January 17, 1912.
February 27, 1912.
Present: RUGG, C.J., MORTON, HAMMOND, SHELDON, DeCOUCHY, JJ.
Negligence, Employer's liability. Practice, Civil, Question for the jury, Conduct of trial: judge's charge, requests and rulings, Exceptions. Agency, Scope of authority. Evidence, Opinion: experts.
At the trial of an action at common law against the proprietor of a candy factory for personal injuries suffered by the plaintiff while an employee therein and at work in front of a caramel cutting machine, it appeared that the machine had an endless canvas carrier belt or apron revolving in a horizontal plane on rollers, that trays of uncut caramel were placed upon the carrier belt and by it were carried under knives revolving above it, which cut the candy. There was evidence that the canvas belt had become loose, that in such a condition it slipped upon the rollers and did not move so fast, and that, if pressed down, it would jump suddenly forward to the full speed of the rollers and the hand of one so pressing it was in danger of being drawn upon the knives; that without instruction or warning as to the machine's defective condition, the plaintiff, who was inexperienced, was set at work at it and was told merely to watch the candy as it went under the knives and to keep it straight, that in attempting to do as she was told she pressed down on the carrier belt, her hand was drawn in, and she was injured. Held, that it could not be said as matter of law that the risk of the injury which the plaintiff suffered was so obvious as to have been assumed by her; and that the questions, whether the plaintiff when injured was in the exercise of due care and whether the defendant had failed in the duties of furnishing a reasonably safe machine and of properly instructing and warning the plaintiff as to hidden dangers and defects in the machine, were for the jury.
It is within the discretionary power of a judge presiding at a trial to read to the jury after the close of the charge a ruling which he previously had been asked to give; and there can be no exception to the exercise of that discretion, especially when, before reading the ruling, he states in substance that, in reading it, he did not want the jury to understand that he intended "to call specific attention to any particular portion of the case so as to give it an undue prominence."
TORT at common law for personal injuries sustained by the plaintiff while in the employ of the defendant at its candy factory, as stated in the opinion. Writ dated May 6, 1908.
In the Superior Court the case was tried before Dana, J. The facts in evidence are stated in the opinion.
The testimony of experts, referred to in the last paragraph of the opinion, which was admitted subject to exceptions by the defendant, was as follows: One Fairbairn, an expert testifying for the plaintiff, was asked in direct examination, "Assuming that this machine here is a candy cutting machine with nothing on the apron at all, and that caramel candy is to be cut into lengths on that machine, by placing that caramel candy on trays on the front end of the machine, what, if anything would be reasonably necessary to insure safety in the use of that machine?" He answered, "A safety guard." One Gillis, a witness for the defendant, was asked in cross-examination, "It is perfectly practicable, is it not, to have a guard across, — a stiff guard across from upright to upright in front of these knives?" He answered, "It is."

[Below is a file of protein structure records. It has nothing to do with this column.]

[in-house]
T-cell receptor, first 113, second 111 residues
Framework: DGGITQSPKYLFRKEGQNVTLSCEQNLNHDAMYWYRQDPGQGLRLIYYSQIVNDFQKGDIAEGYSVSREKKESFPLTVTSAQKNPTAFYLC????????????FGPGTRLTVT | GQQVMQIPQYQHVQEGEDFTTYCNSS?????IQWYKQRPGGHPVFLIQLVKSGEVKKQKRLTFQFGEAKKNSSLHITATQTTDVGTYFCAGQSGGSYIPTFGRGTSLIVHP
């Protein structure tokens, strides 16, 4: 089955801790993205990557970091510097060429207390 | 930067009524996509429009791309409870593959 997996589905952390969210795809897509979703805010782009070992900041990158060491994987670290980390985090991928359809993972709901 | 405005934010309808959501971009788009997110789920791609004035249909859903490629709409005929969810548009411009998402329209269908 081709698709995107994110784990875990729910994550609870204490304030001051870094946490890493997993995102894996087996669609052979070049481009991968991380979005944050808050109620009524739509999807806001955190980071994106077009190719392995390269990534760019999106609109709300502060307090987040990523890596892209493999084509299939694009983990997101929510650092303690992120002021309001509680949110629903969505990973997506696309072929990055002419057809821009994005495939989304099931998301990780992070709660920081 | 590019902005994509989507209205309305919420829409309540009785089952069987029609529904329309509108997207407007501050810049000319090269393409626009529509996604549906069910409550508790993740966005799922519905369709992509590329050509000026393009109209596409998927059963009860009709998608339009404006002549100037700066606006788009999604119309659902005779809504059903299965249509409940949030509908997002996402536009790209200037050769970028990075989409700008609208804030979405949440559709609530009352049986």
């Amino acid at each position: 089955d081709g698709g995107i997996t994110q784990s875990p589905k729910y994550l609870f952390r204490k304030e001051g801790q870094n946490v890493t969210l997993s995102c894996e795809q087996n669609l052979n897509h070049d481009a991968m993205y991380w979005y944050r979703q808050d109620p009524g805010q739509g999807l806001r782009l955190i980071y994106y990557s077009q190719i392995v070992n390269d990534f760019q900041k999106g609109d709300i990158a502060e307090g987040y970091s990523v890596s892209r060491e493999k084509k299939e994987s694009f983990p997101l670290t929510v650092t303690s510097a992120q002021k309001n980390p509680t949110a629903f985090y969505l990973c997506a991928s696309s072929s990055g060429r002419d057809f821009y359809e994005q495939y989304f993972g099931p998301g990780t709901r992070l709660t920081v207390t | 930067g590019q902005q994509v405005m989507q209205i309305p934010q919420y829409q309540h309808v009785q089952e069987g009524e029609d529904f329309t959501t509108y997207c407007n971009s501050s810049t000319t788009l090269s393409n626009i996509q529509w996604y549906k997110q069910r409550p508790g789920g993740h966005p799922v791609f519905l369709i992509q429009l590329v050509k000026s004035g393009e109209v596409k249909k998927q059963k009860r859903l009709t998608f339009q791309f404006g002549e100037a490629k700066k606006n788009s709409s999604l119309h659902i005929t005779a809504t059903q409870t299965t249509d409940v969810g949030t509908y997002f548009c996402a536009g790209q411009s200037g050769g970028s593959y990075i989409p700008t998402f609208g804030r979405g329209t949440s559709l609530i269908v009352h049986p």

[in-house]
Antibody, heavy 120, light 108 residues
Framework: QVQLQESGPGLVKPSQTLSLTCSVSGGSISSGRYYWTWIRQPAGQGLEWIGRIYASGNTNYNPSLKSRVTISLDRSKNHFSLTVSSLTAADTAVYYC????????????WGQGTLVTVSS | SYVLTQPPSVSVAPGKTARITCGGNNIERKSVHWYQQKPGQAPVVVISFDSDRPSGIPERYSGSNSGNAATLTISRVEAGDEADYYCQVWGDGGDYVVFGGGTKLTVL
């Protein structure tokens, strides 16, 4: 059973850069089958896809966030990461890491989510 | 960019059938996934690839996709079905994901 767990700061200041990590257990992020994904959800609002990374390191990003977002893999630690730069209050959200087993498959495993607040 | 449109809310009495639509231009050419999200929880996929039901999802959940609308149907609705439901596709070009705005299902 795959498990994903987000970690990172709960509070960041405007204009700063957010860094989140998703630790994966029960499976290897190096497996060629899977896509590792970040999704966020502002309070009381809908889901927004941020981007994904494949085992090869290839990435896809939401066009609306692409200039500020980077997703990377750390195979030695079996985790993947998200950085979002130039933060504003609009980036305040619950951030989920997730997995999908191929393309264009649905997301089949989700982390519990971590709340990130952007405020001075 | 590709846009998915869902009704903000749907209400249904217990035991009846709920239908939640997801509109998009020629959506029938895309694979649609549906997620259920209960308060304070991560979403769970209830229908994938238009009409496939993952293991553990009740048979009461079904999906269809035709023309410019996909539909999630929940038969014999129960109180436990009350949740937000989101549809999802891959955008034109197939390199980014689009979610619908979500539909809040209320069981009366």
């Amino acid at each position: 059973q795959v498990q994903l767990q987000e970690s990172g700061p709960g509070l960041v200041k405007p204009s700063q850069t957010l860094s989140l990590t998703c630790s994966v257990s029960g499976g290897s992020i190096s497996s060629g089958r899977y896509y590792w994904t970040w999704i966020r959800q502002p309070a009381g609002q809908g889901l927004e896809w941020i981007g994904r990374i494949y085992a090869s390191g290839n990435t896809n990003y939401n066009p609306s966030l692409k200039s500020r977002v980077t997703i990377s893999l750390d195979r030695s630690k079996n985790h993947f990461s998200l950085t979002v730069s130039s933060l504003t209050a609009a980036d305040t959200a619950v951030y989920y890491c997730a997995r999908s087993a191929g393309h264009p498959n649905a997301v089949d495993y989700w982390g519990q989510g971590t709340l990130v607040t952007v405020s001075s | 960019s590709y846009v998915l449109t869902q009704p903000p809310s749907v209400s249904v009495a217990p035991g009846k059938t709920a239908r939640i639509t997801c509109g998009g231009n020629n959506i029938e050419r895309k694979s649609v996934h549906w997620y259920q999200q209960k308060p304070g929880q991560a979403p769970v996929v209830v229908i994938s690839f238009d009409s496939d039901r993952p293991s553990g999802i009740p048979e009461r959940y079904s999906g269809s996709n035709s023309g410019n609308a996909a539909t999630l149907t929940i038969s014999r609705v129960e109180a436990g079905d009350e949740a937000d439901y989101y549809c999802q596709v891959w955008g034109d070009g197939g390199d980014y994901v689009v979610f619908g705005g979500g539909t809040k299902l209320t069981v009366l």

At the close of the evidence, the defendant asked the presiding judge to rule that, on all the evidence the plaintiff was not entitled to recover, and as follows:
"(6) The danger of having her hand caught under the revolving knives even if she were not set to work upon the machine, was an obvious one. The mere fact that the plaintiff could not tell the exact degree of danger if the nature of it can be readily seen is not enough to require warning and instruction to a person of the plaintiff's intelligence."
"(10) There is no evidence of any defect in the condition of the caramel cutter.
"(11) There is no evidence of any hidden or concealed danger in the operation of the machine.
"(12) The tendency of a canvas belt to increase its speed in passing over a revolving roller when the belt is pressed down is obvious to any person of average intelligence.
"(13) In view of the length of time the plaintiff had been at work in the vicinity of the caramel cutter she must be assumed to have been familiar with the dangers incident to its operation.
"(14) It appears on all the evidence that the plaintiff's regular occupation was to put the candies into trays, and the defendant had no reason to suppose that she would ever attempt to operate the machine, and was therefore under no duty to warn her of dangers incident to its operation.
"(15) Even if the plaintiff's testimony that McDonald left the machine and told her to see that the candy then on the machine went straight is believed, she cannot recover; for the proximate cause of the accident was the negligence of a fellow servant.
"(16) The defendant is not liable, if McDonald told the plaintiff to watch and see that the candy then on the machine went straight. The plaintiff was not hired to do this work and was acting outside the scope of her employment, even if induced to do so by the direction of a fellow servant.